Author Topic: Train.  (Read 1643 times)

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Offline pitw

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Train.
« on: January 06, 2016, 10:04:06 PM »
I say what I think not think what I say.

Offline Hawks Feather

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Re: Train.
« Reply #1 on: January 06, 2016, 10:21:59 PM »
I guess as long as you don't want to eat them it should work.

Jerry

Offline pitw

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Re: Train.
« Reply #2 on: January 06, 2016, 11:02:55 PM »
Indians chased them over cliffs. :wo:
I say what I think not think what I say.

Offline FinsnFur

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Re: Train.
« Reply #3 on: January 07, 2016, 05:12:16 AM »
Wow :huh:
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Offline Okanagan

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Re: Train.
« Reply #4 on: January 07, 2016, 11:40:46 AM »
Hate to see that.  Animals are smart enough to gather and even bed down on the snow free track, and too stupid to know better.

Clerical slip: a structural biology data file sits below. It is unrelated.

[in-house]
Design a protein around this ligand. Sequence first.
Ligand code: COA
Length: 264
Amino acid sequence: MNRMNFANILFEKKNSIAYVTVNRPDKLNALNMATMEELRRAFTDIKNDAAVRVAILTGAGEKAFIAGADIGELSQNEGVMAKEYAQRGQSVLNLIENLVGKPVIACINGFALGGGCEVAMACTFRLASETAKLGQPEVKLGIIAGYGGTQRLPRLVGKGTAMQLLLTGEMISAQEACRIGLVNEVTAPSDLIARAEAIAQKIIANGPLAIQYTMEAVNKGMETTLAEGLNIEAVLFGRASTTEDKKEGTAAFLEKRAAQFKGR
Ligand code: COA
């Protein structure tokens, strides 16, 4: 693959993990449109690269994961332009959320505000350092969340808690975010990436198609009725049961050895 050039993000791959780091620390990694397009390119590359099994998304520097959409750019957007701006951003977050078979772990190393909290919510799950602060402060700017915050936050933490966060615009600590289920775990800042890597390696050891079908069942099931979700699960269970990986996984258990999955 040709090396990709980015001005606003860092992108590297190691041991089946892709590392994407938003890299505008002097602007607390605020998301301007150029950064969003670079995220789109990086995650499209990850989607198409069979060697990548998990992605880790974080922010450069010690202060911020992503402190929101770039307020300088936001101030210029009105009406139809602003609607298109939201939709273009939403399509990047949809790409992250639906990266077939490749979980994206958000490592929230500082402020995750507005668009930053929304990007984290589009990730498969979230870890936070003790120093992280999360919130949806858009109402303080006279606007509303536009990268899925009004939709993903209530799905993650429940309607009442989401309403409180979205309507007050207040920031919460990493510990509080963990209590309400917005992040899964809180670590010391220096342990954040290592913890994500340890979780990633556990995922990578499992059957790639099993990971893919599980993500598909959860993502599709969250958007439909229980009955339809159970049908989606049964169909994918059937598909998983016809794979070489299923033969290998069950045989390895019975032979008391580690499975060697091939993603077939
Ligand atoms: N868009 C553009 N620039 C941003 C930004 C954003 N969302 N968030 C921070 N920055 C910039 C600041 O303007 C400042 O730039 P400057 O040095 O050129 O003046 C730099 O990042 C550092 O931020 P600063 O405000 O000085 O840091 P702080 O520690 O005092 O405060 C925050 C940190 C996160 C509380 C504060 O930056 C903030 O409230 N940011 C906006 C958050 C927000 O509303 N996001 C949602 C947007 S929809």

When the snow is deep in the national parks of the Canadian Rockies, the only place free of snow is river water, the TransCanada highway and the railroad track.    Moose usually try to outrun the train.  I watched a coyote try to outrun a train in snow over six feet deep along the sides.  He finally made a wild leap out of the way and totally disappeared as he dived to one side of the tracks into deep powder snow.

In Wyoming during a ground blizzard of blowing snow rather than falling snow, a big rig truck ahead of us killed several mule deer as a herd crossed the road, at least seven dead deer if my memory is right.  One midnight a few years ago as I drove over a pass on Highway 3 just north of the US border along Idaho or Montana, a blinding heavy snow was falling as I snaked down the west side where the road is a shelf cut into a rock wall of mountain.  Suddenly a herd of elk with a layer of camo snow on their backs was filling the road ahead of me, crossing downhill as they followed a steep draw down the mountain face.  I wasn't going very fast but started sliding on fresh snow when I touched the brakes, and managed to slither and slalom between elk and never hit a one though the rump of one brushed the side of my rig.